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China Transnational Issues 2012

SOURCE: 2012 CIA WORLD FACTBOOK AND OTHER SOURCES











China Transnational Issues 2012
SOURCE: 2012 CIA WORLD FACTBOOK AND OTHER SOURCES


Page last updated on February 21,

Disputes - international:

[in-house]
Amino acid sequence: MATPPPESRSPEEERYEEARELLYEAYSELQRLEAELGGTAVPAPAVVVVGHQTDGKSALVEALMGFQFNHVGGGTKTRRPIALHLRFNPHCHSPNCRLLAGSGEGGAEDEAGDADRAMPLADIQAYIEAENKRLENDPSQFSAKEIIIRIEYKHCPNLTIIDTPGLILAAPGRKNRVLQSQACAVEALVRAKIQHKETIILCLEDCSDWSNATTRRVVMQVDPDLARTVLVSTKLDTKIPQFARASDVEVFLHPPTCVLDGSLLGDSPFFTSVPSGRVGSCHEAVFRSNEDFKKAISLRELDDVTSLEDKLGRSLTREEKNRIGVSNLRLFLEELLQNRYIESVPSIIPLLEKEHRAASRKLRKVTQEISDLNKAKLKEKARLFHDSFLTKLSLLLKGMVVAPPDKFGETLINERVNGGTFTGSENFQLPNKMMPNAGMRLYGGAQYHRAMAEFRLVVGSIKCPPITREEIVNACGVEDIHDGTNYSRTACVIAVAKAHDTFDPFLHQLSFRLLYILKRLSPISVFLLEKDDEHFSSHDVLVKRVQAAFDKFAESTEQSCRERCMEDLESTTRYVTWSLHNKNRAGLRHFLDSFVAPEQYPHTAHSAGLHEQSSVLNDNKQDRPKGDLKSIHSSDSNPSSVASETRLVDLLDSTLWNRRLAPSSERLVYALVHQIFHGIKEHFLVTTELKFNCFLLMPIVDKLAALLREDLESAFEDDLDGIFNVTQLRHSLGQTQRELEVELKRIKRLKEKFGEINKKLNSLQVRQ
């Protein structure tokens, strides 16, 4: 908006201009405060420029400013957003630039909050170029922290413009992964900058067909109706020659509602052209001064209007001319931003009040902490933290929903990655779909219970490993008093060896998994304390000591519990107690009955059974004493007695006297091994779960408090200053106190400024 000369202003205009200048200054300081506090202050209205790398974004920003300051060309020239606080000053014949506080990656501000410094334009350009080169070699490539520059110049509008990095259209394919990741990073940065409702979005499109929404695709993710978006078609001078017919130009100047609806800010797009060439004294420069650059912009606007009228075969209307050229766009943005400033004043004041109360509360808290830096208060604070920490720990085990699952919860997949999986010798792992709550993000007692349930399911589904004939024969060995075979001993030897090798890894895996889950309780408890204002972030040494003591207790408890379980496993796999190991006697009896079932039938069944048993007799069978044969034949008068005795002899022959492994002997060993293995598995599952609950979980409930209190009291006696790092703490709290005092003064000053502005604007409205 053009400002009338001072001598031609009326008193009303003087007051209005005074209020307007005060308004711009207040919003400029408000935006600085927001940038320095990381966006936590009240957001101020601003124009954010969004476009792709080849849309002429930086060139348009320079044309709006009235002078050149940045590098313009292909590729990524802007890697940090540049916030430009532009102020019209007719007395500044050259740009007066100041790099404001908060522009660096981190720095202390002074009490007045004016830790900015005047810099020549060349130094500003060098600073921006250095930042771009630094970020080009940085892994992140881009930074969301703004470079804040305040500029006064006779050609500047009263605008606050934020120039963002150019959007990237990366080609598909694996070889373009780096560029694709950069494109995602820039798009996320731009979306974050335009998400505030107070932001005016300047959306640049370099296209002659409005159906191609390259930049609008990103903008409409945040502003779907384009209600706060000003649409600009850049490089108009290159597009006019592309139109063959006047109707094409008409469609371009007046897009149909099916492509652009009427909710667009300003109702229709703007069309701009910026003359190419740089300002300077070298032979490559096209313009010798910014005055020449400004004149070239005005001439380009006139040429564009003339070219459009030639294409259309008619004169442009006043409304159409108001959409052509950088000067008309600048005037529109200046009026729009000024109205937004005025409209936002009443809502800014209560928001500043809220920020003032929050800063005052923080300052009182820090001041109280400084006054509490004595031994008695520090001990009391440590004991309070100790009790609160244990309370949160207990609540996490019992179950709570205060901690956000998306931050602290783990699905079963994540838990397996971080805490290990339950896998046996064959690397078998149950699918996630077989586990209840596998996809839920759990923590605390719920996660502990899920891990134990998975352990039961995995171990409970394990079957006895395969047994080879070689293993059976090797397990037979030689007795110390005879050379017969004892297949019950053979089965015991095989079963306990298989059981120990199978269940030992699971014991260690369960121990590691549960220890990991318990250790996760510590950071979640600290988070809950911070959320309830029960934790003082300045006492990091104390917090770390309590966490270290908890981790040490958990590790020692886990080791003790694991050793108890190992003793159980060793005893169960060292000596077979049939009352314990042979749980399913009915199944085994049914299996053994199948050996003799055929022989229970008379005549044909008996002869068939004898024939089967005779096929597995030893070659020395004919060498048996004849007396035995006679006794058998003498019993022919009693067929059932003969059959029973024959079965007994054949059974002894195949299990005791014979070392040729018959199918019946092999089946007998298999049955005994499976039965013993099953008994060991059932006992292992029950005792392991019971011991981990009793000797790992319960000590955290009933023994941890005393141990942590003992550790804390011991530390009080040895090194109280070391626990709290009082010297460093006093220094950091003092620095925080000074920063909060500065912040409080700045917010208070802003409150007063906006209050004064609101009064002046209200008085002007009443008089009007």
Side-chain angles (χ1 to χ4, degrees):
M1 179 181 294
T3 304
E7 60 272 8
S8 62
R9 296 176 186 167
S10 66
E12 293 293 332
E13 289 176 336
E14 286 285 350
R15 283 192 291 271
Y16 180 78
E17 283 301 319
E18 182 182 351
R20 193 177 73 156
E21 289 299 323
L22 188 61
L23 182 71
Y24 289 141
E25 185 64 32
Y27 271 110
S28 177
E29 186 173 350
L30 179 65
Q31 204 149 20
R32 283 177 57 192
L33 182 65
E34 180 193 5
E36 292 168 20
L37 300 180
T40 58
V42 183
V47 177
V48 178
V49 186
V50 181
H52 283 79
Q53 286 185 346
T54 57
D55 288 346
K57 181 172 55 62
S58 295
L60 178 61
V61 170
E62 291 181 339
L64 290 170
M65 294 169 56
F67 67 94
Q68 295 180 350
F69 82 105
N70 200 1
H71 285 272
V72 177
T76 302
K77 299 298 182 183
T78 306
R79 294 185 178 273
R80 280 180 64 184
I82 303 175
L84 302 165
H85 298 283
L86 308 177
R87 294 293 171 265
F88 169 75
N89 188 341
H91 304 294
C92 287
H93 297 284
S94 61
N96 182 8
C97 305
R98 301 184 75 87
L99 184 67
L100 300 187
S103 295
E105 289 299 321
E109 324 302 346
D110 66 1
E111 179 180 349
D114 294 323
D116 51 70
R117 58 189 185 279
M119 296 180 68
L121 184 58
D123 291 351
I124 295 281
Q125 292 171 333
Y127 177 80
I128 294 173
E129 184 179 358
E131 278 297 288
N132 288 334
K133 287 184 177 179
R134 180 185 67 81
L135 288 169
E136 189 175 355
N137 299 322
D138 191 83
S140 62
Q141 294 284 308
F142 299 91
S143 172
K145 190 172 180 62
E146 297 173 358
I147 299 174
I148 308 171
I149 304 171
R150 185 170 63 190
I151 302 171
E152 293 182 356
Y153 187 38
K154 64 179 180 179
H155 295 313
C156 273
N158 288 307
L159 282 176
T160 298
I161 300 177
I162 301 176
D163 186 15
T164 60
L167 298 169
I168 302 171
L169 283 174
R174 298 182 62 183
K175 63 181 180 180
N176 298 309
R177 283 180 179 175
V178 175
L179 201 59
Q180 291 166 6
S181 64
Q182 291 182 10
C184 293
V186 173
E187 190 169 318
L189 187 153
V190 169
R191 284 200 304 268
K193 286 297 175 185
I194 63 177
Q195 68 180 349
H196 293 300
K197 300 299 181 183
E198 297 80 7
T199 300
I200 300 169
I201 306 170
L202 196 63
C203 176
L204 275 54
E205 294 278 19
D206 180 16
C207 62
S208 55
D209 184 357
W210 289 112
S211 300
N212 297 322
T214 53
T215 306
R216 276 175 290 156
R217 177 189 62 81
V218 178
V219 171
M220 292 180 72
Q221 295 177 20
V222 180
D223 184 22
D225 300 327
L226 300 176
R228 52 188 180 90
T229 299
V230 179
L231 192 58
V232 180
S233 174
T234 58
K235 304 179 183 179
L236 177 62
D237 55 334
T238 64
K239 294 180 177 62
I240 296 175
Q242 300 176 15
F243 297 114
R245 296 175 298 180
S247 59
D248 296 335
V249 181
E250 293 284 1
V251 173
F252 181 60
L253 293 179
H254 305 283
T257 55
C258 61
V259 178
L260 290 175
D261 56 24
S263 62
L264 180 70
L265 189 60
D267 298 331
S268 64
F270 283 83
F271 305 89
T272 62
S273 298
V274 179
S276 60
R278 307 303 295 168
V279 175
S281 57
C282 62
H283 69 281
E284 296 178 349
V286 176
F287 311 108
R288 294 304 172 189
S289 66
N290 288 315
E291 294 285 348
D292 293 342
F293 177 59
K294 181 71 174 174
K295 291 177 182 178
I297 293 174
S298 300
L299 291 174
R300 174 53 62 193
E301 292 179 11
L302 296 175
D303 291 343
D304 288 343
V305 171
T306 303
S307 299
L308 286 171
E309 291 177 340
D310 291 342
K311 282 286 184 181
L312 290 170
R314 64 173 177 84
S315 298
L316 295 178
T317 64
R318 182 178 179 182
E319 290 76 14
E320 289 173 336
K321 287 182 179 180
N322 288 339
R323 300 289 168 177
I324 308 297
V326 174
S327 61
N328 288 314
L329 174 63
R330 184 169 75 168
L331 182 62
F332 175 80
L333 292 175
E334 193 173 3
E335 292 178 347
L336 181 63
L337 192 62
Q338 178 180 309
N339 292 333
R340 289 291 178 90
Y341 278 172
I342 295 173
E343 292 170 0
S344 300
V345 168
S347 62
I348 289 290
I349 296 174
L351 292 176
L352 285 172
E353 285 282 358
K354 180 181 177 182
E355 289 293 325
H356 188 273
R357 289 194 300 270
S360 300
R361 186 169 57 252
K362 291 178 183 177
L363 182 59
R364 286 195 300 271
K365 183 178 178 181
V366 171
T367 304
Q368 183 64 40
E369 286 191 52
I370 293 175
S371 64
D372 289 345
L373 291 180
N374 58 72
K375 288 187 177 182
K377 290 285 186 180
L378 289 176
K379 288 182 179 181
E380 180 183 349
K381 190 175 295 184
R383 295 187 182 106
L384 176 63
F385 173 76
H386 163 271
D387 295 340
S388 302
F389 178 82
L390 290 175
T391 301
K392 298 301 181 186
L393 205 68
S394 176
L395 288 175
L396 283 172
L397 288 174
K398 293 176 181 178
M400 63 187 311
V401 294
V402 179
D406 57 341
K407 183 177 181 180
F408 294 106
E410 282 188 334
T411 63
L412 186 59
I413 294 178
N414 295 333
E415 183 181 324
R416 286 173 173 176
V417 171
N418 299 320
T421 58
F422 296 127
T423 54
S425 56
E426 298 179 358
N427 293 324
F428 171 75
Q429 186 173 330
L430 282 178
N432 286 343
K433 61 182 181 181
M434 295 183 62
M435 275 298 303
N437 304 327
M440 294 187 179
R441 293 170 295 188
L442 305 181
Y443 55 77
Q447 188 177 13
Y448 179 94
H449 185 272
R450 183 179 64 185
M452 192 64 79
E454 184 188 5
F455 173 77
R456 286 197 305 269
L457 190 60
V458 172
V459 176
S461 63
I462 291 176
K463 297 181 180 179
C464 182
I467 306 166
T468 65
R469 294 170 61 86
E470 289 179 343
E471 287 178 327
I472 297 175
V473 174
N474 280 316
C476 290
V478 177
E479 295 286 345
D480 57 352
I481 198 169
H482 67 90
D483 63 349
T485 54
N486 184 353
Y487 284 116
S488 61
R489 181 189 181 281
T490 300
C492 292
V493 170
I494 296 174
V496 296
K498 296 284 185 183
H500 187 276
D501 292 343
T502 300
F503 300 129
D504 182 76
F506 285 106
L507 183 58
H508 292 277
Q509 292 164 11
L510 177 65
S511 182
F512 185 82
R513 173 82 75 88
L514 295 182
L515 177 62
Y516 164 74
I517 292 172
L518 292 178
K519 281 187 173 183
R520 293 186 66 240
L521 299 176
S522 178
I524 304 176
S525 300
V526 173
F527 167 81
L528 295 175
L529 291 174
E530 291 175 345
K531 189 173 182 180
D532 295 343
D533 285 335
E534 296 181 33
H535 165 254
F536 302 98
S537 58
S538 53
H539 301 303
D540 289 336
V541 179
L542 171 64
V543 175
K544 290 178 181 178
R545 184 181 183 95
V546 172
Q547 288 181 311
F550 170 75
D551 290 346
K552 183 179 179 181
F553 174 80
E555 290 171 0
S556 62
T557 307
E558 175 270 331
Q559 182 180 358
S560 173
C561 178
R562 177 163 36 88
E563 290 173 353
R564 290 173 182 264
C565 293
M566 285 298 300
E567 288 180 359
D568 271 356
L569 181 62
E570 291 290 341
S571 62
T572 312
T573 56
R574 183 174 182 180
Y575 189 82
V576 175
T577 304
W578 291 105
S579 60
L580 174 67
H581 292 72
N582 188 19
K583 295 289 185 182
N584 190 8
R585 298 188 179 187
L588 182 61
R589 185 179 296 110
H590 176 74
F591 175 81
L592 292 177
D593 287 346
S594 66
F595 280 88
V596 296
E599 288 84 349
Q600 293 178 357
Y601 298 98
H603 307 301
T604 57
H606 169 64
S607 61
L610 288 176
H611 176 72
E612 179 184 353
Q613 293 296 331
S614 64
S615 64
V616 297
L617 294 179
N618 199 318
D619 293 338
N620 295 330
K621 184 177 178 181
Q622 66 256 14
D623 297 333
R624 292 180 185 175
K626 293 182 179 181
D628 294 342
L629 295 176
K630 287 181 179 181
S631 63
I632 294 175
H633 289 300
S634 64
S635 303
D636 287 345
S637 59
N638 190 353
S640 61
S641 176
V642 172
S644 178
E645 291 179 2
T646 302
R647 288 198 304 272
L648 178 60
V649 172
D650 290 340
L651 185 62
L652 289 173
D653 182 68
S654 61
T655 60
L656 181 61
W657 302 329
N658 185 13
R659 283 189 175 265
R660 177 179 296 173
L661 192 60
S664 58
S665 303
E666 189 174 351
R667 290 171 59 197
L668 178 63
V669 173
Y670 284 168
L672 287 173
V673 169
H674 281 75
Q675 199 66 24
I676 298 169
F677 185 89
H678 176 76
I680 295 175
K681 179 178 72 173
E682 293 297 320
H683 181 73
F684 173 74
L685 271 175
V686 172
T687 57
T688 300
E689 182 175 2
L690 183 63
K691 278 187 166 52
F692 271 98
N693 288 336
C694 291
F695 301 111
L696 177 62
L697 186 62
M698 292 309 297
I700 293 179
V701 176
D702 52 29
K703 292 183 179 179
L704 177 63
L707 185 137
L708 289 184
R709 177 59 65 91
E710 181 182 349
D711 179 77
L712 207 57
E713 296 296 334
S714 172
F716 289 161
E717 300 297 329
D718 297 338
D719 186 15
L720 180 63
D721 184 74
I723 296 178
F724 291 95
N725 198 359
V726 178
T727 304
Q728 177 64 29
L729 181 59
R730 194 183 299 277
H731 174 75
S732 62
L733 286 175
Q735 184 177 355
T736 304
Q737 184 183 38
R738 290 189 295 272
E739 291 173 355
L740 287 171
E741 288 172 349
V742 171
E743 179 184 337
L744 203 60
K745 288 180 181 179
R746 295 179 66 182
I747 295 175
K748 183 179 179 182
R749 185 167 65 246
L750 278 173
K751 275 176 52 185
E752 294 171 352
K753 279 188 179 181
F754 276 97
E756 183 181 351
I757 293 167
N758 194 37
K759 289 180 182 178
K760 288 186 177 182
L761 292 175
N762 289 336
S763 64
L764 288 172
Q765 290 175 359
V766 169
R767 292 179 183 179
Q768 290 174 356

continuing talks and confidence-building measures work toward reducing tensions over Kashmir that nonetheless remains militarized with portions under the de facto administration of China (Aksai Chin), India (Jammu and Kashmir), and Pakistan (Azad Kashmir and Northern Areas); India does not recognize Pakistan's ceding historic Kashmir lands to China in 1964; China and India continue their security and foreign policy dialogue started in 2005 related to the dispute over most of their rugged, militarized boundary, regional nuclear proliferation, and other matters; China claims most of India's Arunachal Pradesh to the base of the Himalayas; lacking any treaty describing the boundary, Bhutan and China continue negotiations to establish a common boundary alignment to resolve territorial disputes arising from substantial cartographic discrepancies, the largest of which lie in Bhutan's northwest and along the Chumbi salient; Burmese forces attempting to dig in to the largely autonomous Shan State to rout local militias tied to the drug trade, prompts local residents to periodically flee into neighboring Yunnan Province in China; Chinese maps show an international boundary symbol off the coasts of the littoral states of the South China Seas, where China has interrupted Vietnamese hydrocarbon exploration; China asserts sovereignty over Scarborough Reef along with the Philippines and Taiwan, and over the Spratly Islands together with Malaysia, the Philippines, Taiwan, Vietnam, and Brunei; the 2002 "Declaration on the Conduct of Parties in the South China Sea" eased tensions in the Spratly's but is not the legally binding "code of conduct" sought by some parties; Vietnam and China continue to expand construction of facilities in the Spratly's and in March 2005, the national oil companies of China, the Philippines, and Vietnam signed a joint accord on marine seismic activities in the Spratly Islands; China occupies some of the Paracel Islands also claimed by Vietnam and Taiwan; China and Taiwan continue to reject both Japan's claims to the uninhabited islands of Senkaku-shoto (Diaoyu Tai) and Japan's unilaterally declared equidistance line in the East China Sea, the site of intensive hydrocarbon exploration and exploitation; certain islands in the Yalu and Tumen rivers are in dispute with North Korea; North Korea and China seek to stem illegal migration to China by North Koreans, fleeing privations and oppression, by building a fence along portions of the border and imprisoning North Koreans deported by China; China and Russia have demarcated the once disputed islands at the Amur and Ussuri confluence and in the Argun River in accordance with their 2004 Agreement; China and Tajikistan have begun demarcating the revised boundary agreed to in the delimitation of 2002; the decade-long demarcation of the China-Vietnam land boundary was completed in 2009; citing environmental, cultural, and social concerns, China has reconsidered construction of 13 dams on the Salween River, but energy-starved Burma, with backing from Thailand, remains intent on building five hydro-electric dams downstream despite regional and international protests; Chinese and Hong Kong authorities met in March 2008 to resolve ownership and use of lands recovered in Shenzhen River channelization, including 96-hectare Lok Ma Chau Loop; Hong Kong developing plans to reduce 2,000 out of 2,800 hectares of its restricted Closed Area by 2010